While this technique brings the aircraft to Louisville and other UPS hubs in a cohesive stream, SafeRoute’s Merging and Spacing program will take things a giant leap forward. Essentially, the program uses ADS-B to gather information on all inbound aircraft within about one hour’s flying distance from the freighter hubs and then calculates their optimum maneuvers to join the arrival stream at precisely spaced intervals, at precisely the right time, in an integration exercise where time is counted in seconds. This is an extremely complex calculation, with aircraft coming from several directions, speeds and altitudes.
The merging instructions are presented to the pilots on the screens of their EFBs, which also show the relative positions and intended merge paths of all other aircraft in the vicinity. As well, it shows the pilots the target airspeeds they should achieve to enter the stream at the right place and the right time, and then the speed they must maintain to keep at the correct spacing thereafter. Initially, Hilb said, UPS will use 180-second, in-trail spacing but eventually would like to close that to 120 seconds.
The system then coordinates the stream to the top-of-descent point of the continous descent approach (CDA) procedure to the runway. In this procedure, developed in conjunction with the Massachusetts Institute of Technology and already used by UPS 757s and 767s, pilots reduce power to flight idle thrust, and hold the aircraft in a steady descent to 1,500 feet at the final approach fix, around five miles from the runway, without the need to increase or decrease power at any point.
UPS tests of the CDA concept in 2004 showed that on average it saved two minutes and up to 360 pounds of fuel on every approach, with the extra benefit of up to 6 decibel reductions in the noise footprint over built-up areas below the flight paths. Nitrous oxides were reduced as much as 34 percent below 3,000 feet, with comparable reductions in carbon dioxide and other emissions.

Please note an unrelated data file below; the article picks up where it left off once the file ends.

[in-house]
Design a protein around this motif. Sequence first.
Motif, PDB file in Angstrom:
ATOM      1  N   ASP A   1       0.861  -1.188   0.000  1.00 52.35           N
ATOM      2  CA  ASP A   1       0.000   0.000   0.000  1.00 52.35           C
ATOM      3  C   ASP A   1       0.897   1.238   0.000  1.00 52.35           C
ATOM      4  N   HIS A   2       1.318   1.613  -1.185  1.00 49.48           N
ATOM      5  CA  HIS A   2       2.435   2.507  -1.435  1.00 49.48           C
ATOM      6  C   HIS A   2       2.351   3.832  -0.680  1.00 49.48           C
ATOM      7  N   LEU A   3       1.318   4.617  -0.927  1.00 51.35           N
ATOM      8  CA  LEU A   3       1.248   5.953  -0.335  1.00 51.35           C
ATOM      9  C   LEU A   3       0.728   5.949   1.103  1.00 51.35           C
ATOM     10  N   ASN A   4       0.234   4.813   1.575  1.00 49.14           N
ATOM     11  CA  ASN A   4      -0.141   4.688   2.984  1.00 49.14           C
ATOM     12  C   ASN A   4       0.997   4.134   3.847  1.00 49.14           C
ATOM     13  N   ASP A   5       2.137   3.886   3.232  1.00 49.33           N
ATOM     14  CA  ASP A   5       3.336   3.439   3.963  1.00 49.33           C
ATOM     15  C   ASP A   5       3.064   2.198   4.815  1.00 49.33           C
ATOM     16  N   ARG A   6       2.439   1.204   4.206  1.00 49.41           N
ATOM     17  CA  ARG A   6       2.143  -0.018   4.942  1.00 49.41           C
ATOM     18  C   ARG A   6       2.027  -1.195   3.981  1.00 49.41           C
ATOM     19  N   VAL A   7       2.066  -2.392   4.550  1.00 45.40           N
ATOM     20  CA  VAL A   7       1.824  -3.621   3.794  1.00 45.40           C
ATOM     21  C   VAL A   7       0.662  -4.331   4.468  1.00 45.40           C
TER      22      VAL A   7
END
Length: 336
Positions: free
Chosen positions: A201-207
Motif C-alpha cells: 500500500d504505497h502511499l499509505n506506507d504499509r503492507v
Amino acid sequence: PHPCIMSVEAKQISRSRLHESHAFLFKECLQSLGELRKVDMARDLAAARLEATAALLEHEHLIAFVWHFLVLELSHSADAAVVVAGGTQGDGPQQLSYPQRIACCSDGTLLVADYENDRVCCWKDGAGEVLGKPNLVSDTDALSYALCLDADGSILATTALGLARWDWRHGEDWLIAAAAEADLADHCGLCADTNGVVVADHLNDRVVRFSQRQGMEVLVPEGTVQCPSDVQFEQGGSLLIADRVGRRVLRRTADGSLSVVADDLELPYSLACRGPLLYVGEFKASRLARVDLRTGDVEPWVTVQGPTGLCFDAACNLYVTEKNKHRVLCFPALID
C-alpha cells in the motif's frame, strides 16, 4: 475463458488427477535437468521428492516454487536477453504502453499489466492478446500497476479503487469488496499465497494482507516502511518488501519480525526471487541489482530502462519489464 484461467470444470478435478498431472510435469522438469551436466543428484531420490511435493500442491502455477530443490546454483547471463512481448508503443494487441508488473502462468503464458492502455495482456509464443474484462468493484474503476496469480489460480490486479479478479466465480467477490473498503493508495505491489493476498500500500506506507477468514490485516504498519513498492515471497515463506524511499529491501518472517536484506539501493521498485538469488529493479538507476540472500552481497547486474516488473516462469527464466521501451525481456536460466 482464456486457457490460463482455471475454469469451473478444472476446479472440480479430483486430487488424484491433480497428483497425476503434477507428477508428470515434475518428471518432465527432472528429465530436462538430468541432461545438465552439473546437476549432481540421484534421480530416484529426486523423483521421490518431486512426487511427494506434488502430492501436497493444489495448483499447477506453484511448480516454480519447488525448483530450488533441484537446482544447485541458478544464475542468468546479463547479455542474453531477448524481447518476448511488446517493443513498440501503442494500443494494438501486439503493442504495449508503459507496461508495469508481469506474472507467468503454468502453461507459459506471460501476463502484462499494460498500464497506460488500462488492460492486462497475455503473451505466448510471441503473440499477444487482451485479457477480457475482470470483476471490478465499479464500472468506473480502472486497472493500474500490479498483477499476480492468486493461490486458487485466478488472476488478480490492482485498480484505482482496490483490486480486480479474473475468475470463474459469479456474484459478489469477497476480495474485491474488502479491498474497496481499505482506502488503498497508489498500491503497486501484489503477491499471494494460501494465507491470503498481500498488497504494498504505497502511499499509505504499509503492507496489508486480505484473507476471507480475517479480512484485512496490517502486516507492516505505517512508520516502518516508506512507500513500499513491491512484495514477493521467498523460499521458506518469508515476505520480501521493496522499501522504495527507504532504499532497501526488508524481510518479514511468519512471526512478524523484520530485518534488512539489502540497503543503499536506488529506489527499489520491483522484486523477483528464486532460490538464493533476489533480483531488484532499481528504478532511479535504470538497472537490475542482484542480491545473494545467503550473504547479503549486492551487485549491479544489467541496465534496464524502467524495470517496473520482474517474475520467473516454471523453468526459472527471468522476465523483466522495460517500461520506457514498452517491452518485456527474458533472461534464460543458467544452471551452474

The approach then continues to touchdown, during which the system continues to show the aircraft’s progress on the EFBs, even though the pilots may have the preceding aircraft in sight. This is important, since in lower visibility conditions, or with patches of low cloud, aircraft may briefly disappear from view. In those cases, the pilots will revert to the EFBs to conduct cockpit display of traffic information-assisted visual separation procedures to accurately maintain their approach positions.
As the aircraft nears the runway, the EFB display will switch to the SAMM surface presentation, but at a scale that extends out beyond the landing aircraft, while still enabling the crew to monitor the runway and surrounding areas for potential runway incursions or other hazards.
As with its earlier pioneering work with ADS-B, UPS again is leading the industry with its use of the SafeRoute system. The techniques the system supports are now under evaluation by Eurocontrol, and the productivity gains and traffic flow management benefits have attracted a high level of interest among other air carriers, particularly European airlines with major hubs. The concept also is an important aspect of the NextGen plan, particularly for proposed "Super Density Terminals" of the future.